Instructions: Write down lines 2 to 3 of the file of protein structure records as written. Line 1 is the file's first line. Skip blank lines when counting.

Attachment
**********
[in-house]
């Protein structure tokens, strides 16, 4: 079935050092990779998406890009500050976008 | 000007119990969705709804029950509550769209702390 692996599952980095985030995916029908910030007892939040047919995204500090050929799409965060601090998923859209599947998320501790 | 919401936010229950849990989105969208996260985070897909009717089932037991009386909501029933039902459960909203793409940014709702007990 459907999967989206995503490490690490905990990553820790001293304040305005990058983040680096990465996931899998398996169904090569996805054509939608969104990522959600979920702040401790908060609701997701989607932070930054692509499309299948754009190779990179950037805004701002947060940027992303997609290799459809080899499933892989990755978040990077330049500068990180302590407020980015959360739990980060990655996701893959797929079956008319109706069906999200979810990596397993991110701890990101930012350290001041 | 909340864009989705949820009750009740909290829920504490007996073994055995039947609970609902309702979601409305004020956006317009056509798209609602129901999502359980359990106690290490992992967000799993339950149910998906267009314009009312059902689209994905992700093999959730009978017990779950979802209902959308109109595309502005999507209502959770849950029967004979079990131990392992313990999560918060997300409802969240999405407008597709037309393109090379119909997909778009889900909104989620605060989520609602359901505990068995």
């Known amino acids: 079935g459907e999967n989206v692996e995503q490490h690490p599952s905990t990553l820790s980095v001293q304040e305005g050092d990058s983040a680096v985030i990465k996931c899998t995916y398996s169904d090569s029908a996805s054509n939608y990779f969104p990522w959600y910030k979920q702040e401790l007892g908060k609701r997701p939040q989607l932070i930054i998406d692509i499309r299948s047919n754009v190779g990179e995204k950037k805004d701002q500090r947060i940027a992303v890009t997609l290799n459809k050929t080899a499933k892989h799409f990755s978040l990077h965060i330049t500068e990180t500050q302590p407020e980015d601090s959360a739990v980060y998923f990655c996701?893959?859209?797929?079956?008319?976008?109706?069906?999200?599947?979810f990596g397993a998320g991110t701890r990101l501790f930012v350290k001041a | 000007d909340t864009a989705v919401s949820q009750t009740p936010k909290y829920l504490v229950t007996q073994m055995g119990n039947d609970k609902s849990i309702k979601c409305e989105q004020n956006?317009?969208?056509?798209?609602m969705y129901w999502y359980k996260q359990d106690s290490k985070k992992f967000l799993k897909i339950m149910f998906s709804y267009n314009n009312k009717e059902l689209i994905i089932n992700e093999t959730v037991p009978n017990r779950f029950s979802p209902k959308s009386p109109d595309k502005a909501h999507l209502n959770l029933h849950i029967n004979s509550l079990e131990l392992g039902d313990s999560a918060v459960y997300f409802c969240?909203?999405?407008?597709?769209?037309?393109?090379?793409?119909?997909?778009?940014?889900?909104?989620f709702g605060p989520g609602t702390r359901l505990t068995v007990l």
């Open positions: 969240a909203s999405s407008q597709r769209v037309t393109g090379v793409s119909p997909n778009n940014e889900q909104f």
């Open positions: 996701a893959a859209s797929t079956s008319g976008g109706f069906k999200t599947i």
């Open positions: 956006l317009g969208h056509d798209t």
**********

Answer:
């Protein structure tokens, strides 16, 4: 079935050092990779998406890009500050976008 | 000007119990969705709804029950509550769209702390 692996599952980095985030995916029908910030007892939040047919995204500090050929799409965060601090998923859209599947998320501790 | 919401936010229950849990989105969208996260985070897909009717089932037991009386909501029933039902459960909203793409940014709702007990 459907999967989206995503490490690490905990990553820790001293304040305005990058983040680096990465996931899998398996169904090569996805054509939608969104990522959600979920702040401790908060609701997701989607932070930054692509499309299948754009190779990179950037805004701002947060940027992303997609290799459809080899499933892989990755978040990077330049500068990180302590407020980015959360739990980060990655996701893959797929079956008319109706069906999200979810990596397993991110701890990101930012350290001041 | 909340864009989705949820009750009740909290829920504490007996073994055995039947609970609902309702979601409305004020956006317009056509798209609602129901999502359980359990106690290490992992967000799993339950149910998906267009314009009312059902689209994905992700093999959730009978017990779950979802209902959308109109595309502005999507209502959770849950029967004979079990131990392992313990999560918060997300409802969240999405407008597709037309393109090379119909997909778009889900909104989620605060989520609602359901505990068995």
């Known amino acids: 079935g459907e999967n989206v692996e995503q490490h690490p599952s905990t990553l820790s980095v001293q304040e305005g050092d990058s983040a680096v985030i990465k996931c899998t995916y398996s169904d090569s029908a996805s054509n939608y990779f969104p990522w959600y910030k979920q702040e401790l007892g908060k609701r997701p939040q989607l932070i930054i998406d692509i499309r299948s047919n754009v190779g990179e995204k950037k805004d701002q500090r947060i940027a992303v890009t997609l290799n459809k050929t080899a499933k892989h799409f990755s978040l990077h965060i330049t500068e990180t500050q302590p407020e980015d601090s959360a739990v980060y998923f990655c996701?893959?859209?797929?079956?008319?976008?109706?069906?999200?599947?979810f990596g397993a998320g991110t701890r990101l501790f930012v350290k001041a | 000007d909340t864009a989705v919401s949820q009750t009740p936010k909290y829920l504490v229950t007996q073994m055995g119990n039947d609970k609902s849990i309702k979601c409305e989105q004020n956006?317009?969208?056509?798209?609602m969705y129901w999502y359980k996260q359990d106690s290490k985070k992992f967000l799993k897909i339950m149910f998906s709804y267009n314009n009312k009717e059902l689209i994905i089932n992700e093999t959730v037991p009978n017990r779950f029950s979802p209902k959308s009386p109109d595309k502005a909501h999507l209502n959770l029933h849950i029967n004979s509550l079990e131990l392992g039902d313990s999560a918060v459960y997300f409802c969240?909203?999405?407008?597709?769209?037309?393109?090379?793409?119909?997909?778009?940014?889900?909104?989620f709702g605060p989520g609602t702390r359901l505990t068995v007990l």